Spirometry and derivative flow-volume loop analysis along with history and physical information support clinical judgments relevant to anesthetic plans for particular patients with pulmonary dysfunction. The purpose of the tests is to allow discrimination principally between obstructive and restrictive disease, recognizing that both elements may be present in a given patient although one aspect may well be dominant.
Restrictive ventilatory dysfunction (RVD) would be suggested by a reduction of forced vital capacity (FVC) while retaining normal values of FEV1 and FEV1/FVC. This pattern would be consistent with extrinsic RVD, such as caused by obesity, kyphoscoliosis, and paralyzed diaphragm. This pattern is also consistent with intrinsic RVD caused by for example interstitial fibrosis.
Obstructive ventilatory dysfunction (OVD) with the manifest with retention of normal FVC (initially) with decreasing FEV1 and FEV1/FVC ratios appearing early. Eventually, FVC values will decline late in the disease.
An important aspect in spirometric and flow volume loop analysis is the issue of reversibility.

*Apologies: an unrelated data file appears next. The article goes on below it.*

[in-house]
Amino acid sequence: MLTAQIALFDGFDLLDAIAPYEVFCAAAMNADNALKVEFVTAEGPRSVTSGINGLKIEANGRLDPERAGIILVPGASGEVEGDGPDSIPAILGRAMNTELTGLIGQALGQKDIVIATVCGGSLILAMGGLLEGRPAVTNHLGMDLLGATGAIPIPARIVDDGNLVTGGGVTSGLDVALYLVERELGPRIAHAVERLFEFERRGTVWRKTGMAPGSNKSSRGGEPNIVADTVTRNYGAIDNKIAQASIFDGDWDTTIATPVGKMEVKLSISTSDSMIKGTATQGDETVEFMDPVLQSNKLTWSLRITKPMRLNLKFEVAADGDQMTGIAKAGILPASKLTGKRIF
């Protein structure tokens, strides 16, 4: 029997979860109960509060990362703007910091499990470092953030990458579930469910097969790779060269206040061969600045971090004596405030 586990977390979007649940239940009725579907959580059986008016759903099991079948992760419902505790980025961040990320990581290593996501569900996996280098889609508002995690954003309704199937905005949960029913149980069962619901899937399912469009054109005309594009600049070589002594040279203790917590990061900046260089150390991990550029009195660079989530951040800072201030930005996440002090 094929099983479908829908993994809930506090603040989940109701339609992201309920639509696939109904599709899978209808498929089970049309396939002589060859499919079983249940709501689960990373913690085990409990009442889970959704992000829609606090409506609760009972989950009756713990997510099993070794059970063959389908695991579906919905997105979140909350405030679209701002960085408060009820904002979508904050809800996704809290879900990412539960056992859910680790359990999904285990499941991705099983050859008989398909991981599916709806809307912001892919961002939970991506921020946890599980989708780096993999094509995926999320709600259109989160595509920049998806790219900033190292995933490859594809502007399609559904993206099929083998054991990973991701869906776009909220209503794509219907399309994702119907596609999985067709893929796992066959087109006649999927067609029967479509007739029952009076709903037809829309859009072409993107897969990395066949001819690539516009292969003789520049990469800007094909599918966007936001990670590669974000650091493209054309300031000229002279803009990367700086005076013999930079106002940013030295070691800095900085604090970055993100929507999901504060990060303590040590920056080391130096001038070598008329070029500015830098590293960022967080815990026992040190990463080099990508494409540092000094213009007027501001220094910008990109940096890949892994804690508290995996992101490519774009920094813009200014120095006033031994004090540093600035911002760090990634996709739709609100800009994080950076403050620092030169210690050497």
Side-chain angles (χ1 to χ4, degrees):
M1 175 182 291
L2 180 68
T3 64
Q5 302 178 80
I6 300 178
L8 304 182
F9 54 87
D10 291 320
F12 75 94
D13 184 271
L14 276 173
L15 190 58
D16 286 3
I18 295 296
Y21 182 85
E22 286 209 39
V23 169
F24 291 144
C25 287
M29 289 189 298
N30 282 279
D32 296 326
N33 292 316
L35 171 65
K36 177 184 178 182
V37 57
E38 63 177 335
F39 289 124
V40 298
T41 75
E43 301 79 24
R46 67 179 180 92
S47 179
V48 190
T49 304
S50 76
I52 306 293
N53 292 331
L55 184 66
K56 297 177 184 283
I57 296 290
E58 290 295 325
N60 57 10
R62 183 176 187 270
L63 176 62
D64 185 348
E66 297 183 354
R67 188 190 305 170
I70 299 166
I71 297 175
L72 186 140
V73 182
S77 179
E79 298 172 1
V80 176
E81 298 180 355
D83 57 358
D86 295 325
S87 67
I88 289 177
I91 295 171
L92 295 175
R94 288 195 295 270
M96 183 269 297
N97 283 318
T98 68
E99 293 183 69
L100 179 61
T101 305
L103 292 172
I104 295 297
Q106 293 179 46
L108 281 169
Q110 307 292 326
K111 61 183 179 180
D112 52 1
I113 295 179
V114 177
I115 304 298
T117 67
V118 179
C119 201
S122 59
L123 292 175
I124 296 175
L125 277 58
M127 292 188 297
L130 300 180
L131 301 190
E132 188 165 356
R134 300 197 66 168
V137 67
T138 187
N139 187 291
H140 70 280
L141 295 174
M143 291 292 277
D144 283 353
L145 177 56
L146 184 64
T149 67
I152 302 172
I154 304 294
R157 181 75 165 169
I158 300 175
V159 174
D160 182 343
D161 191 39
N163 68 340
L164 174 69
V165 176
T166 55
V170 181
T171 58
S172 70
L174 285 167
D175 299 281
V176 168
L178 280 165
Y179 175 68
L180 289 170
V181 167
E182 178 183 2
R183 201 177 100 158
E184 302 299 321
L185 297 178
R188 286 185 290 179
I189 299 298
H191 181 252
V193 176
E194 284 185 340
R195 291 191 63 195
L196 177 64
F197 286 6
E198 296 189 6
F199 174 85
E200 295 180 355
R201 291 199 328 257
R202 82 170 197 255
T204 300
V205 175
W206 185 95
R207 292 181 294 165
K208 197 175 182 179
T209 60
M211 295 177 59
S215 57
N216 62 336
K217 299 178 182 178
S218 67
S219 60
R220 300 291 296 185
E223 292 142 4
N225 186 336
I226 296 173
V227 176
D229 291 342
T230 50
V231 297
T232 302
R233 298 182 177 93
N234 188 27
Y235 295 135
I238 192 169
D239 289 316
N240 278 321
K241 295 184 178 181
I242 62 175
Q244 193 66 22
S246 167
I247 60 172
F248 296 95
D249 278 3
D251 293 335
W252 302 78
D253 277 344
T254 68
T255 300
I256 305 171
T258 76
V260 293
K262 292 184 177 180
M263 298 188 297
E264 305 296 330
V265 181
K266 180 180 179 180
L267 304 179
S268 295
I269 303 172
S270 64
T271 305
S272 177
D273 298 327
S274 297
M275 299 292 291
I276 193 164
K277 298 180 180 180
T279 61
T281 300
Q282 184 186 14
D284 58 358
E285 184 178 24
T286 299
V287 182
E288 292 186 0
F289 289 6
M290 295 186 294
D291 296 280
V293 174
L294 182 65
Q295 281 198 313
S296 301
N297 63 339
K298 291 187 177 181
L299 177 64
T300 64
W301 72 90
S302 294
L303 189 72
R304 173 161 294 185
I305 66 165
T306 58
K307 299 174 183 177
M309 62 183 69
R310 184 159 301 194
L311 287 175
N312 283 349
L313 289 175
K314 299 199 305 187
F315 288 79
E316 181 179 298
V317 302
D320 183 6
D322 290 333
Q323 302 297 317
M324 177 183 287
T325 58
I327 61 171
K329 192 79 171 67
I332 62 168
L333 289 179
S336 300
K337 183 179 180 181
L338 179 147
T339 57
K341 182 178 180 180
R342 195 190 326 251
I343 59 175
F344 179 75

In terms of preoperative assessment, the ability to improve pulmonary function by the use of, for example, bronchodilator treatment is an important consideration. In patients with OVD, proven bronchodilator-mediated improvements midflow flow rates [FEF25-75; FEF50] would be important to know preoperatively since bronchodilators might be used as part of the anesthetic plans. Bronchodilator-mediated improvement might be expected in patients with asthma or chronic bronchitis.
More broadly, management of extra- or intrathoracic airway obstruction by surgical intervention may be more efficacious in the context of flow volume loop information.
- 1Upper airway obstruction: Flow-volume loop signature
1Solid line above would be the normal flow-volume loop which may be contrasted to the "box-shaped loop" which is consistant with a fixed upper airway obstruction.